The general approach of the EU towards its trade and investment agenda changed in 2006 into a vigorous use of bilateral negotiations as the Union experienced opposition from emerging countries as well as the U.S. The use of bilateral agreements was seen as a reliable instrument to efficaciously realize the Union market power that was in decline. The future erosion of the EUs market position will likely continue and this will contribute to favoring the use of bilateral instead of multilateral trade agreements with the EU. However, as far as competence is concerned, should an investment treaty be signed in the future, it shall be done in the Unions competence, whose precise scope is expected to be bindingly interpreted by the Court in the Opinion on the Free Trade Agreement with Singapore. With the lack of clarity concerning the scope of the investment competence, and a parallel elevated assertiveness of the Member States at the expense of the European Commission with respect to the CETA and TTIP in the changing political (post-Brexit) environment, it is questionable whether the competence shift may yield any results for the EU even if the CJEU pronounces the competence as exclusive, whether it is through the interpretation of the TFEU or the more general doctrine of implied powers.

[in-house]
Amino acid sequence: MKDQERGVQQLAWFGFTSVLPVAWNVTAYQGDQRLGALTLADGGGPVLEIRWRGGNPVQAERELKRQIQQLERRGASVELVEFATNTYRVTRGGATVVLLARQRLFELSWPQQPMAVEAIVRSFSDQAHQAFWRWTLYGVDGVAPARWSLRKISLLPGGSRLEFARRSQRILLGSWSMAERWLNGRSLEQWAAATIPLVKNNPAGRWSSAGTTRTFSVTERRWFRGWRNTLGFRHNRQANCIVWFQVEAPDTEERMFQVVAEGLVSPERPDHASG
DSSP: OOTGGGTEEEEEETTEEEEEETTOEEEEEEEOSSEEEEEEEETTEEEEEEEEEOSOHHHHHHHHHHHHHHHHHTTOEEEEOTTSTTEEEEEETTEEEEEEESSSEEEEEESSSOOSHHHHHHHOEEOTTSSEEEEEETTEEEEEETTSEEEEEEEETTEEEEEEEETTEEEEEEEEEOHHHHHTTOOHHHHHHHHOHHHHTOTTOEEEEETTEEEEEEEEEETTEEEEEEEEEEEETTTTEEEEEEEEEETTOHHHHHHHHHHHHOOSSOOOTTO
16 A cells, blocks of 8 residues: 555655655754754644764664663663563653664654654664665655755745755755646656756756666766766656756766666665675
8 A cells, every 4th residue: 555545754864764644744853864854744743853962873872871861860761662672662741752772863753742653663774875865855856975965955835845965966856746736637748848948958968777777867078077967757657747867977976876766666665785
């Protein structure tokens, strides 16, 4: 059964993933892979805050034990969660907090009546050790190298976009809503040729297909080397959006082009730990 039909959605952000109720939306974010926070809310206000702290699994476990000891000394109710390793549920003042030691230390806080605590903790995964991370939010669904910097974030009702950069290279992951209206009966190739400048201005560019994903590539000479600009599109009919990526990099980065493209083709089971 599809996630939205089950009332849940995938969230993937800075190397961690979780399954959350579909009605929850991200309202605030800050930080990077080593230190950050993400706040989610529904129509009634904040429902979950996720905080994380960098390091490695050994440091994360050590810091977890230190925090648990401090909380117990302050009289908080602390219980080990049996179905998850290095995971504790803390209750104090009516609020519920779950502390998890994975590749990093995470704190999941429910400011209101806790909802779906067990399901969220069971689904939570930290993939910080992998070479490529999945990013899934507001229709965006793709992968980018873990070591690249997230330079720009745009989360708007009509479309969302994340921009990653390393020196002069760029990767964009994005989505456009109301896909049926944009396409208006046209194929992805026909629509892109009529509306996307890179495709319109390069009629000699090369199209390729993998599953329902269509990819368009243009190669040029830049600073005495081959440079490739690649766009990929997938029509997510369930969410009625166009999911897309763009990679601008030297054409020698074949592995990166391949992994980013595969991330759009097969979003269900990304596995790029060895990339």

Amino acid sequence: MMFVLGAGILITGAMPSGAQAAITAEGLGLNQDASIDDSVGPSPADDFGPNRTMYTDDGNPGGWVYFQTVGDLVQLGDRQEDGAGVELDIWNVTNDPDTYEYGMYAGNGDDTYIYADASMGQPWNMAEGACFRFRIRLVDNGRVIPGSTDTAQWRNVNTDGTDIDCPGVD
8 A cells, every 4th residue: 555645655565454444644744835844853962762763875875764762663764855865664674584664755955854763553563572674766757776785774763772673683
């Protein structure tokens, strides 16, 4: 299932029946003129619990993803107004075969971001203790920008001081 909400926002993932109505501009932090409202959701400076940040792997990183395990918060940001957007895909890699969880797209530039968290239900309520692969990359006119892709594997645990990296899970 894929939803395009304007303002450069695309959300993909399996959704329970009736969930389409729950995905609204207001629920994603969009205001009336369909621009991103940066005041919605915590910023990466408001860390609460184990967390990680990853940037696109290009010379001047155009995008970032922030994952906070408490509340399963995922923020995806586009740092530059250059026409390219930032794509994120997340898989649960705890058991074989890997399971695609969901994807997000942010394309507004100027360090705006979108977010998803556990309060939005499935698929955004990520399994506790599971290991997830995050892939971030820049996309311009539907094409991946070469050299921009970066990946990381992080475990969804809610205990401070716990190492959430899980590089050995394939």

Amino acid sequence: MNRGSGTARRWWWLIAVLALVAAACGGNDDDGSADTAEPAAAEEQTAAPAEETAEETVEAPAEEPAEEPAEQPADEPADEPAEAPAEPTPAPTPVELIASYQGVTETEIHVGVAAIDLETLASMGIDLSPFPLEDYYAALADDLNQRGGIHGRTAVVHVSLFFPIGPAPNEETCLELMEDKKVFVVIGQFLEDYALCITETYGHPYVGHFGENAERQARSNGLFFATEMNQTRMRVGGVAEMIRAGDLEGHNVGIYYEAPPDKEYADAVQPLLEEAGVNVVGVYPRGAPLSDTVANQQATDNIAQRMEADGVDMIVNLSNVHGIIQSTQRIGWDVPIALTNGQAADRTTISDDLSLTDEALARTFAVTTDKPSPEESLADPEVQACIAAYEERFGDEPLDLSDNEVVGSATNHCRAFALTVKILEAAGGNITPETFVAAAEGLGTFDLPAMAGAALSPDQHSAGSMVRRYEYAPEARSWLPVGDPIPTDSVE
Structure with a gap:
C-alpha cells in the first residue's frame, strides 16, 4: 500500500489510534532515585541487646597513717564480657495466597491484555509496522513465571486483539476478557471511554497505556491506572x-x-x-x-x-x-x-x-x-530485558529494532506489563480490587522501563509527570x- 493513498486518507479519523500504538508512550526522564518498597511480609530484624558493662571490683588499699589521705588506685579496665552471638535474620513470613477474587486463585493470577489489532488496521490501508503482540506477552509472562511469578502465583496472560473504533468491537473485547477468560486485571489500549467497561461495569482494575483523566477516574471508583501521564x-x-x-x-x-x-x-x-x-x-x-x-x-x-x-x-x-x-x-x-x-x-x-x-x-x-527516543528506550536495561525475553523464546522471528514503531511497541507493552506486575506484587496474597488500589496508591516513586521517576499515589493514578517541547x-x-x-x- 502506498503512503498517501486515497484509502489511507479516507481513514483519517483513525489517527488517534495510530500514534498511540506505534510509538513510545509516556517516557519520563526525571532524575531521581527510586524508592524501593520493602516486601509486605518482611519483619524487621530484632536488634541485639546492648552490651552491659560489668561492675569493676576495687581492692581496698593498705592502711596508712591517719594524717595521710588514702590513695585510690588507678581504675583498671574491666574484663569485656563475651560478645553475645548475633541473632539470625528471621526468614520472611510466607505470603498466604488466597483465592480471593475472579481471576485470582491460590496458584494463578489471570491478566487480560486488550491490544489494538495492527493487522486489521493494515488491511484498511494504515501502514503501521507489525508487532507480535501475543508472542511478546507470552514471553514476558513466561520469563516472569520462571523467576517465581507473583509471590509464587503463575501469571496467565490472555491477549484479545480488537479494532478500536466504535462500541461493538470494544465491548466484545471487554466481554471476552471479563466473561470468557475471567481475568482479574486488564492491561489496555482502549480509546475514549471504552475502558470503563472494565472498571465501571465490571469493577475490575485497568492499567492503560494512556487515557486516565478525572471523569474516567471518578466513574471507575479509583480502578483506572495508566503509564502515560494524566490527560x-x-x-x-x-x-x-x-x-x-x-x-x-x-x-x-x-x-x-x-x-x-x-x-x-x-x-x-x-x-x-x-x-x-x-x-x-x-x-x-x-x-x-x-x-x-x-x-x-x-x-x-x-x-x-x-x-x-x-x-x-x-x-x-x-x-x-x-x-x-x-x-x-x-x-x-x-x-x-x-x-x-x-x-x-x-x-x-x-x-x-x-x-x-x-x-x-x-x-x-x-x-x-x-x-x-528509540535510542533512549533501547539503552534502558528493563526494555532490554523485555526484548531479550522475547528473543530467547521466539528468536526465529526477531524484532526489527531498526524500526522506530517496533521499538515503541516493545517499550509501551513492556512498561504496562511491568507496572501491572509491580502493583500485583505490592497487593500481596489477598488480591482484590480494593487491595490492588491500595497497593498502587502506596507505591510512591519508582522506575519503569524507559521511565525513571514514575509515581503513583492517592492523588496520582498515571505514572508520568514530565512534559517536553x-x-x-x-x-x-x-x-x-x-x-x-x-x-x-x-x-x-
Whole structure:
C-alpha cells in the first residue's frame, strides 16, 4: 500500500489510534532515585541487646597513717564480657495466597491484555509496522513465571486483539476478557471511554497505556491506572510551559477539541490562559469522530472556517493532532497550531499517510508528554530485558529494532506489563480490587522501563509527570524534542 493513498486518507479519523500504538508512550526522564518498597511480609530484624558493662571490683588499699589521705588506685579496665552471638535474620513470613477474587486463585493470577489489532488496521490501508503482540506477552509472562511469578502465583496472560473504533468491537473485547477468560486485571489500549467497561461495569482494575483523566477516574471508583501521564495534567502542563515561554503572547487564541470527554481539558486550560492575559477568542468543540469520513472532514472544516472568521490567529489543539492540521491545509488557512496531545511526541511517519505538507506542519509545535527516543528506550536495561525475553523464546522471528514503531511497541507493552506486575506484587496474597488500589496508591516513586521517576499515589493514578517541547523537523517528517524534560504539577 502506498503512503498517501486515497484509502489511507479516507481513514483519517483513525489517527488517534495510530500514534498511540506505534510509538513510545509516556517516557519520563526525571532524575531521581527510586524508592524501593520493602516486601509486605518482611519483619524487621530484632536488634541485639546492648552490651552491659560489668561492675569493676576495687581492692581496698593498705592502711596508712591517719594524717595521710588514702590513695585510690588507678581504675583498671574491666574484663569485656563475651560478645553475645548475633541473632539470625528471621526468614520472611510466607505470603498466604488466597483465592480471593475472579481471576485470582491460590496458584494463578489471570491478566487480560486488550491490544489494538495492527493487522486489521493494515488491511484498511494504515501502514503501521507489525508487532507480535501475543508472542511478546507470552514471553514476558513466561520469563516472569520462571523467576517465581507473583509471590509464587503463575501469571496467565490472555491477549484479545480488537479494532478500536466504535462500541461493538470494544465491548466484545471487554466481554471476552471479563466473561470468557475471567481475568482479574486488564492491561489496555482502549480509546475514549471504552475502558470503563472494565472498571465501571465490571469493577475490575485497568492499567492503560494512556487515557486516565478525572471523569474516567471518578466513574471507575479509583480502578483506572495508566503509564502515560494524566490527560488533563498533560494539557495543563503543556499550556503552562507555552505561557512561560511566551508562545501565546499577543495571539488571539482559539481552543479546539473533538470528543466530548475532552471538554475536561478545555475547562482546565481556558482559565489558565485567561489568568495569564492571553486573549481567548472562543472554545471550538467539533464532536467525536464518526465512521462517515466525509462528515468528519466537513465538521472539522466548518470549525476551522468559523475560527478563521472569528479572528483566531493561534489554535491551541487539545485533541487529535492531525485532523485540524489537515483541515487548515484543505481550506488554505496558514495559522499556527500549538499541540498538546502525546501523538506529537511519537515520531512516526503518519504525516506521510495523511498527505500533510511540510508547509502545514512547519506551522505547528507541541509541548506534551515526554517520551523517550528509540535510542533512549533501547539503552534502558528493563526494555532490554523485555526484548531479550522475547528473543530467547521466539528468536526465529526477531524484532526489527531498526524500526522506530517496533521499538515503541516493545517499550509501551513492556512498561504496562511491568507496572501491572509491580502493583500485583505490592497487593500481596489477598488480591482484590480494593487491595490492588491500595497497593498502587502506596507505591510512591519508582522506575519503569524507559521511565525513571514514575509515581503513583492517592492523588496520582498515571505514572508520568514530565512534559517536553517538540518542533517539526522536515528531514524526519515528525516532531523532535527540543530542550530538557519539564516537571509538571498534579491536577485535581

The European Union’s Competence on Foreign Investment: “New and Improved”?,
San Diego Int'l L.J.
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